Long-delayed Ukraine, Israel aid bill could hit US House floor soon

By Thomson Reuters Apr 15, 2024 | 12:03 PM

By Patricia Zengerle

WASHINGTON (Reuters) – U.S. House of Representatives Speaker Mike Johnson is expected to decide this week on how he will handle President Joe Biden’s long-delayed request for billions of dollars in security assistance for Ukraine, Israel and the Indo-Pacific.

More than two months after it passed the Senate, the push for the $95 billion aid package, which includes $14 billion for Israel as well as $60 billion for Ukraine, gained new urgency after Iran’s weekend missile and drone attack on Israel despite fierce opposition in the deeply divided Congress.

Israel faced growing pressure from allies on Monday to show restraint and avoid an escalation of conflict in the Middle East as it considered how to respond.

Johnson has declined to allow the Republican-controlled House to vote on the measure that the Senate passed with 70% bipartisan support in February.

Backers insist it would receive similar support in the House, but Johnson has given a variety of reasons not to allow a vote, among them the need to focus taxpayer dollars on domestic issues and reluctance to take up a Senate measure without more information.

Johnson also faces a threat from a hard-right Republicans to oust him as speaker if he allows the Ukraine aid to move ahead. Many on the right, especially those closely allied with former President Donald Trump, who has been skeptical of assisting Kyiv in its fight against Russia, fiercely oppose sending billions more dollars to Ukraine.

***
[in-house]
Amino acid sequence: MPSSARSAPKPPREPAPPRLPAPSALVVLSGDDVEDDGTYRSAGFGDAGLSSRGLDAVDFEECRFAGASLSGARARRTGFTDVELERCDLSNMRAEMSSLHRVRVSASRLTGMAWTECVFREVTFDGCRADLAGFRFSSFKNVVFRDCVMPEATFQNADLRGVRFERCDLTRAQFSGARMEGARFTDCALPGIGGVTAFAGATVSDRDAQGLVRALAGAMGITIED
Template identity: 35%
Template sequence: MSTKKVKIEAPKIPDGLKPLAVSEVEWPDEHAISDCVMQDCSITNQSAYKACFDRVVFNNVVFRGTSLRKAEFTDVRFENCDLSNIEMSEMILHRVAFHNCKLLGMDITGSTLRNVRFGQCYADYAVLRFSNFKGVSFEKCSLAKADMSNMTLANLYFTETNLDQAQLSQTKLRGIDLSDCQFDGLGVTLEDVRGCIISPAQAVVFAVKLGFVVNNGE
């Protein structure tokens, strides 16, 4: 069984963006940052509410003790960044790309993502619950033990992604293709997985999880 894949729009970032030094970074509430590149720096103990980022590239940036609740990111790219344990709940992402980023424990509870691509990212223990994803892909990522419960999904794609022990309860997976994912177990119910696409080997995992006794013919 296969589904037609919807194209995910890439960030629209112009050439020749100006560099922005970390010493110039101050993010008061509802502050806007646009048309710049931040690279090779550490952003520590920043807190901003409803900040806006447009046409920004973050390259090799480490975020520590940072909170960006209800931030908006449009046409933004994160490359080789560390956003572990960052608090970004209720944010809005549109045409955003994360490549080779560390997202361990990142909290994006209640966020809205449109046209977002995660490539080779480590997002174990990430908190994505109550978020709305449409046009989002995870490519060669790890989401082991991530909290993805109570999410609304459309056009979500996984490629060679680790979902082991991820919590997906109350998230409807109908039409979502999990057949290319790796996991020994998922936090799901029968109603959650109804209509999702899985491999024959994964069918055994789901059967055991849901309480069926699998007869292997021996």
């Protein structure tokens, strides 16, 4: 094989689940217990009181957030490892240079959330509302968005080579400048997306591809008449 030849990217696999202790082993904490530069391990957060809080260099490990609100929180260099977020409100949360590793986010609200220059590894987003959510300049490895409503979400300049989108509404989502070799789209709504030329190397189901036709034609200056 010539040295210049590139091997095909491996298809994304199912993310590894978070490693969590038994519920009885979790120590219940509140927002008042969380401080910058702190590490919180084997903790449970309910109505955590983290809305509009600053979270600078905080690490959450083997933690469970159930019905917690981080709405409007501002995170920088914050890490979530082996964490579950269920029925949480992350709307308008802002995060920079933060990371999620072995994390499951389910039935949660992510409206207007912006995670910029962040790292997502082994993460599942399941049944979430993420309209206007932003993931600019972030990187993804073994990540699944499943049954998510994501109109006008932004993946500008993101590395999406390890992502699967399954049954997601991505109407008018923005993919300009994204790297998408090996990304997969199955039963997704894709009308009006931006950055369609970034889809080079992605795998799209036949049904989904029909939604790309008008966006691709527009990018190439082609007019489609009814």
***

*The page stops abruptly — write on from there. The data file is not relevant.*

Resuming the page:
The House has not approved any of Biden’s requests for emergency aid for Ukraine since before Republicans took control of the chamber in January 2023.

The issue is closely watched by industries, such as U.S. defense contractors who could be in line for huge contracts to supply equipment for Ukraine and other U.S. partners. Aid supporters stress that approving the Ukraine bill would create many American jobs.


Johnson said on Sunday he would try to pass assistance to Israel this week after the weekend attack by Iran, but did not say whether the legislation would also include assistance for Ukraine and other allies.

Republican House aides said on Monday Johnson had not yet indicated his plans for security assistance, after discussing it with national security committee leaders late on Sunday and planning more talks with members on Monday.

The White House has been pushing Johnson to allow a vote. And Representative Hakeem Jeffries, the top House Democrat, sent a letter to his caucus on Monday spelling out the need to support Ukraine as well as Israel.

“The gravely serious events of this past weekend in the Middle East and Eastern Europe underscore the need for Congress to act immediately. We must take up the bipartisan and comprehensive national security bill passed by the Senate forthwith,” Jeffries wrote.

Ukraine appealed again to allies on Monday for “extraordinary and bold steps” to supply air defenses to help defend against waves of Russian airstrikes that have targeted its energy system in recent weeks.

But underscoring the deep party divide in Washington, a letter released on Monday urging an immediate vote on the Senate bill was signed by 90 House Democrats and just one Republican.

(Reporting by Patricia Zengerle; editing by Jonathan Oatis)